Straddling those two lines might be tricky for Rice, who is a year out from what may be his toughest primary challenge since he first ran after the district was created in 2012 when former Lt. Gov. Andre Bauer forced Rice into a runoff.

To win, he will have to keep the voters who are fully supportive of his approach to post-Trump politics but also have to attempt to win over voters who consider his impeachment vote one of betrayal.

Rice told The Sun News he’s holding out hope he’ll be able to carve a new lane until voters head to the polls.

“His (Trump’s) policies were my policies. They were my policies before he even got there, and they’ll be the policies of the Republican Party long after he’s a distant memory,” Rice said.

He points to his work on the 2017 Tax Cuts and Jobs Act to aid small businesses, his work to bring new jobs and economic development funding to his district, and his work on legislation that could make it easier for small police departments to win federal grants.

Rice also says he’s a “hawk” on immigration and is aligned with Trump on other issues, too. His few less-conservative votes, Rice explained, were those to bring disaster relief aid to South Carolina and other states in response to major storms. He said he believed that even though those were major spending bills, he needed to vote for them to help his constituents.

“I think when (voters) evaluate what I have done, I think they’ll recognize that I’ve delivered on what I said,” he said.

Walter Whetsell, a veteran Republican consultant who has run all of Rice’s campaigns since 2012, said it “remains to be seen” if next year’s primary will shape up to be the toughest yet of the congressman’s career. Still, Rice and his campaign are gearing up for a fight next year, Whetsell said, even if the biggest difference this time around is Rice’s January vote.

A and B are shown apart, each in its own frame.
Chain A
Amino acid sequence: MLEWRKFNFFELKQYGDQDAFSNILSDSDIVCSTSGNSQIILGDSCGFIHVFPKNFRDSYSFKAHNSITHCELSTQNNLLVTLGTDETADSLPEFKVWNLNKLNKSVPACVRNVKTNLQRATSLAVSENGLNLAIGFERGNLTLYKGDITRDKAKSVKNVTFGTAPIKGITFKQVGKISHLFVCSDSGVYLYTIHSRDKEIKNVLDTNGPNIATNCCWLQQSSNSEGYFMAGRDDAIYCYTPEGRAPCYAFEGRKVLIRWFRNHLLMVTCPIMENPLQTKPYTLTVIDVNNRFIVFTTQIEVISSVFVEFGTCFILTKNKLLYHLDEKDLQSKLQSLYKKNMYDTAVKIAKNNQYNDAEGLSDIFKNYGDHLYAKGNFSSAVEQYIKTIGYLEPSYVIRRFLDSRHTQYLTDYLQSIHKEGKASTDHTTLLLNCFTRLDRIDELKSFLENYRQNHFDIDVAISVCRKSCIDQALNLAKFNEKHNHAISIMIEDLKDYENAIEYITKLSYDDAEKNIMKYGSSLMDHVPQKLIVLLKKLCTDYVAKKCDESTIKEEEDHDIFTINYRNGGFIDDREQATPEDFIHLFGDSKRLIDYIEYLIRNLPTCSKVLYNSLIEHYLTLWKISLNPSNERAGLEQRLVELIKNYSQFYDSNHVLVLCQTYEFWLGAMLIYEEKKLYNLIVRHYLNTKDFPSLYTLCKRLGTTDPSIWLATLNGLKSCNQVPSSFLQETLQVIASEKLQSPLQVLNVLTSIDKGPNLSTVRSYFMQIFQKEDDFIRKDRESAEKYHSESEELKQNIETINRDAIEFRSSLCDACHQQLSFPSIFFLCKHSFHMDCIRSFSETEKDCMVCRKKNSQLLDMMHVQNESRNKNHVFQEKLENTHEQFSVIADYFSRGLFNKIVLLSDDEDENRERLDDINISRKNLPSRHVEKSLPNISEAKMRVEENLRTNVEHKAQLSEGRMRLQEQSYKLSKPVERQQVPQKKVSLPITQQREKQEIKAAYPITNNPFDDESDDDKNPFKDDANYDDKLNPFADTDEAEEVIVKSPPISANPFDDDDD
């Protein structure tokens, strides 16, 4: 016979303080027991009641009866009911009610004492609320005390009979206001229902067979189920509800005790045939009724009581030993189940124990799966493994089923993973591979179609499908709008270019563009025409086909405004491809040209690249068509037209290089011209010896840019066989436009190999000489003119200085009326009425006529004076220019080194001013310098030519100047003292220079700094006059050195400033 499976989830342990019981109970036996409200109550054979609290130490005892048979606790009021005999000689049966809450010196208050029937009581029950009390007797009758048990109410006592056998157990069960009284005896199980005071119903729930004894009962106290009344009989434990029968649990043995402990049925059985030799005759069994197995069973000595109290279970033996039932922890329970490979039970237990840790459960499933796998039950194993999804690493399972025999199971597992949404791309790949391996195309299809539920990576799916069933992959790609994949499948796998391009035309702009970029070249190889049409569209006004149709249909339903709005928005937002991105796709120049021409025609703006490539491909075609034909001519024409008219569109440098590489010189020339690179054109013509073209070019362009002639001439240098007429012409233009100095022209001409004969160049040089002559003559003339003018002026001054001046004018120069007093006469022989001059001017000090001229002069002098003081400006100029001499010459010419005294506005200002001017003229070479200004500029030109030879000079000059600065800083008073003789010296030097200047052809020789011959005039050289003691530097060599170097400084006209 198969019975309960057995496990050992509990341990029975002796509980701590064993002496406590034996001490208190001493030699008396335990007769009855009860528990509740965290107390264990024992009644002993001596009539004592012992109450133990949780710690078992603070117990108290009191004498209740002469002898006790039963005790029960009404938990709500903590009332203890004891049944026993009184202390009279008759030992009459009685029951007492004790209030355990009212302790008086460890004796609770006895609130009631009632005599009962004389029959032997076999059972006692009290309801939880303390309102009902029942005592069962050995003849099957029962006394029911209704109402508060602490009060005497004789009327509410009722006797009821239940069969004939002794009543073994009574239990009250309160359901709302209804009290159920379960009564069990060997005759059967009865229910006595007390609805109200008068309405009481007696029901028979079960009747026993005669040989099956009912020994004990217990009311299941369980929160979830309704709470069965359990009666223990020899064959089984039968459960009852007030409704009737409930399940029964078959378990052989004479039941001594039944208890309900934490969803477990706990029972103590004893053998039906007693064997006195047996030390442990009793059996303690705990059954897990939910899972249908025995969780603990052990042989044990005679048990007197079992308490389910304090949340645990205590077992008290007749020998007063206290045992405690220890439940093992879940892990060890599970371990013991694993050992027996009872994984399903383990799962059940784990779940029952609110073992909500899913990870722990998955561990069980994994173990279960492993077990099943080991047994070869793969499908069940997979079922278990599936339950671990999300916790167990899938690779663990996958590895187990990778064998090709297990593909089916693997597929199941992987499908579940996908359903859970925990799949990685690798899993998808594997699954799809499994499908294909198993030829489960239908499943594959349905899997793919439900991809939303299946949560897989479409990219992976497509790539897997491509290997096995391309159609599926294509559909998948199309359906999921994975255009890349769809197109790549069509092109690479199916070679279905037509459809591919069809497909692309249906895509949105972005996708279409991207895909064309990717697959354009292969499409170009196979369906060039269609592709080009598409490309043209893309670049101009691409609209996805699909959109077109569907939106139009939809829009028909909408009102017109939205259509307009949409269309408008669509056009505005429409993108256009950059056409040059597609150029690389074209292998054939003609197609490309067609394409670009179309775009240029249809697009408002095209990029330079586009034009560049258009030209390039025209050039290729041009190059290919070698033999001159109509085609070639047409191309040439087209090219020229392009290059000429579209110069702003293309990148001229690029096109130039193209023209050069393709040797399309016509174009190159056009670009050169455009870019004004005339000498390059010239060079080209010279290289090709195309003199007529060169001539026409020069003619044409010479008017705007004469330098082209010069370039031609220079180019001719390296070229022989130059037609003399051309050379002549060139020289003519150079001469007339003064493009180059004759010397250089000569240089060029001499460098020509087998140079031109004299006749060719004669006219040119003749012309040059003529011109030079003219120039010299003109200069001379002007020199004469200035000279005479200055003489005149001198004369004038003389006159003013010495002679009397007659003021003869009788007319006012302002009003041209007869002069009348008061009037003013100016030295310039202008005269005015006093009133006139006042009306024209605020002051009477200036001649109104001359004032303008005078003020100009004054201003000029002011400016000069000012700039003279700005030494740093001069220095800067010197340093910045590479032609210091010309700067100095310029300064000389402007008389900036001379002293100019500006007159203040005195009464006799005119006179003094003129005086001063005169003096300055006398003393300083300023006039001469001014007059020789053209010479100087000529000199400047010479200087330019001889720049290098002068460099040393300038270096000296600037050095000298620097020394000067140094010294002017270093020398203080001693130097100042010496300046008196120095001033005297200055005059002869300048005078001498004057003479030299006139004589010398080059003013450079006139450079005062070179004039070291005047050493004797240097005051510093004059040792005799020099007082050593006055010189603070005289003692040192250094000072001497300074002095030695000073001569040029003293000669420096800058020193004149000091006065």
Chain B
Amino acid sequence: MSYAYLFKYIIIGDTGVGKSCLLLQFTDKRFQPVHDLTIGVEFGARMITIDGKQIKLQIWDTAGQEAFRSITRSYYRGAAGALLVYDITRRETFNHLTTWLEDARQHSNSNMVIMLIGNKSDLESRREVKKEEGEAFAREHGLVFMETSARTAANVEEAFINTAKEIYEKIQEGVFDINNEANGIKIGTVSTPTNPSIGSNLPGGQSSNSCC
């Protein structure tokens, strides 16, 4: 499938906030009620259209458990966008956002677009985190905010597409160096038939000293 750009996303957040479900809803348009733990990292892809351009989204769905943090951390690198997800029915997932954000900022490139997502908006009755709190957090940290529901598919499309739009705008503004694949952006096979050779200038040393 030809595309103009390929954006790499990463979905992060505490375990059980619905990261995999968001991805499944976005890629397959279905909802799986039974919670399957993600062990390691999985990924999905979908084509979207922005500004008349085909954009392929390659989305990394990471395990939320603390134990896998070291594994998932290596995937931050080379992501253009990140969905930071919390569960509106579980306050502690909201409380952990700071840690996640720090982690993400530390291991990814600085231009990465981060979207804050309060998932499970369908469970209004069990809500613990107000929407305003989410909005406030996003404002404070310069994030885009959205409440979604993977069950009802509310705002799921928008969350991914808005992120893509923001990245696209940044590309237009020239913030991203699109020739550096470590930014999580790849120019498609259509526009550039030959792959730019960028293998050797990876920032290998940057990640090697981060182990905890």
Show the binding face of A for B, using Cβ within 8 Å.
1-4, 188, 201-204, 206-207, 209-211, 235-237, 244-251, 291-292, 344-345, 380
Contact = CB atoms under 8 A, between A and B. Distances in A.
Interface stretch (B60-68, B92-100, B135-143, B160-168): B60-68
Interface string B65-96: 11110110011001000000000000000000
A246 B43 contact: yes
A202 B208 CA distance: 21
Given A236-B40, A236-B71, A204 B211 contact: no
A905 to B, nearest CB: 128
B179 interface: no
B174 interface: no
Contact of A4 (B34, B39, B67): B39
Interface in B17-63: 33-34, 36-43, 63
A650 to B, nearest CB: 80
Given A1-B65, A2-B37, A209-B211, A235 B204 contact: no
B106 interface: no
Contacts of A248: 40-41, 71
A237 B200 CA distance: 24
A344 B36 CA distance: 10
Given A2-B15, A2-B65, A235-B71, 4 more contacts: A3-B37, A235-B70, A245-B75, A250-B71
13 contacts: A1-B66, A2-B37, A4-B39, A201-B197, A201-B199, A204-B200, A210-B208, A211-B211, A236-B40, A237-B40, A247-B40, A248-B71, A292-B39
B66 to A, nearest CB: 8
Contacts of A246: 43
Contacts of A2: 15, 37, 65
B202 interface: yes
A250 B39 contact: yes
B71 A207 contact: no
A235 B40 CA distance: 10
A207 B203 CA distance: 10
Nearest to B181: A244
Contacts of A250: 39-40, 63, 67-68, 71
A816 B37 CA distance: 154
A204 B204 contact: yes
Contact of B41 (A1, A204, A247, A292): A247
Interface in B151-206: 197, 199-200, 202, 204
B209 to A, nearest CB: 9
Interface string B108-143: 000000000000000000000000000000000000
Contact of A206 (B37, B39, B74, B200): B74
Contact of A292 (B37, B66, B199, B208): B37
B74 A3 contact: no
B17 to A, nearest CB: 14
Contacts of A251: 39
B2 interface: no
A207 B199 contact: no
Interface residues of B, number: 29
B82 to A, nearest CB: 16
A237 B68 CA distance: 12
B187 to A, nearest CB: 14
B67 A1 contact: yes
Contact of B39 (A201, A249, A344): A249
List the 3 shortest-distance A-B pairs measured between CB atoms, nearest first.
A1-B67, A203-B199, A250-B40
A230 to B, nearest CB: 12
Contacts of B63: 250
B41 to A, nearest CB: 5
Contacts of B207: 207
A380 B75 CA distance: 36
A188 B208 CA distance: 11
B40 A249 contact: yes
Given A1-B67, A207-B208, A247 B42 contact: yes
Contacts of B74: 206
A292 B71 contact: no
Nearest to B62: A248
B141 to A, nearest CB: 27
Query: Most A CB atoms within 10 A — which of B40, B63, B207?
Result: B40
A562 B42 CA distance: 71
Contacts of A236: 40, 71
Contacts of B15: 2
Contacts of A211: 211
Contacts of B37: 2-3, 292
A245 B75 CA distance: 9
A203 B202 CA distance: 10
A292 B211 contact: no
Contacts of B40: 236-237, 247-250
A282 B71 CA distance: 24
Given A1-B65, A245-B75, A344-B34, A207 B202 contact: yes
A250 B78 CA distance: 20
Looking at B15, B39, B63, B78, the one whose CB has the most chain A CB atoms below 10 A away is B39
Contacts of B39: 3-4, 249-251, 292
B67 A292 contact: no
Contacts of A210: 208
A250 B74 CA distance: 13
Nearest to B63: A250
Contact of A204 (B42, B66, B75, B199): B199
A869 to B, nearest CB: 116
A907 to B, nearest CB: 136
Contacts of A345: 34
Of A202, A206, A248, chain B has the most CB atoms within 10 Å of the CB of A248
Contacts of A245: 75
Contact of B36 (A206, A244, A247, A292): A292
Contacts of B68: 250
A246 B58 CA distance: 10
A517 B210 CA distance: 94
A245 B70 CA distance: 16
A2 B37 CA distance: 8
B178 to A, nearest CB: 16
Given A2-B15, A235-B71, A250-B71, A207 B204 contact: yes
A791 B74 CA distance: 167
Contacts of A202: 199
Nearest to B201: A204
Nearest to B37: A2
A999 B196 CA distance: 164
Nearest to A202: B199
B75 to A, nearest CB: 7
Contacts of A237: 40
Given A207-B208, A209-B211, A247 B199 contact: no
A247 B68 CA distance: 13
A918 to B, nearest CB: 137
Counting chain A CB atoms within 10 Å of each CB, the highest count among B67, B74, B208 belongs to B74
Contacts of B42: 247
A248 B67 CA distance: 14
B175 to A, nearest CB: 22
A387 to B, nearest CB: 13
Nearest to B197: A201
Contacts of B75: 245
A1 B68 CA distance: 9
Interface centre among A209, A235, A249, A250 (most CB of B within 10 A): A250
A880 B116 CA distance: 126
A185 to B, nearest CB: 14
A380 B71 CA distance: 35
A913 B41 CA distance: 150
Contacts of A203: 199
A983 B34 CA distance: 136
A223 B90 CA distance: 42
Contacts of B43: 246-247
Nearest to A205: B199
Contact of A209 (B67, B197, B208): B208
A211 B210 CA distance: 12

“Certainly we’re preparing for a very aggressive (campaign), … but I don’t think the story script has been fully written yet,” he said. “The vitriol that seems to exist on Facebook was not apparent at his town hall meetings, at his public events, in the phone calls he’s receiving.”

As Rice toes the line between supporting Trump’s policies but not the man himself, he’s shown a willingness to engage with some of the elements of the culture wars the past president frequently waged and used to rally his supporters.

In Conway last week, a former police officer who moved to Horry County from New York asked Rice how he could combat Antifa, or anti-fascist activists who participated in racial justice protests last summer. Rice said he’s sought to “support law enforcement” and called efforts to defund police departments — another slogan Republicans latched onto ahead of the November 2020 election — “the most ridiculous thing I’d ever heard.”

Rice then led the audience in a round of applause for law enforcement.

At other town halls last week, Rice also criticized Democrats’ plans to use the American Rescue Plan to help give loans to specifically Black or “socially disadvantaged farmers” as the “most racist thing I’ve ever heard of.” He also has been mindful to lob criticisms toward labor unions — South Carolina is a so-called right-to-work state — and U.S. House Speaker Nancy Pelosi, D-Calif., when talking about national politics or how Congress works.

But the GOP incumbent has also tried to keep it local, for instance, noting his support to build Interstate 73 and criticizing the Coastal Conservation League’s efforts to stall the project. Yet even then, local issues seem to no longer be truly local.

At a town hall event in Loris last week, Rice was asked whether he owns land along the eventual pathway of Interstate 73.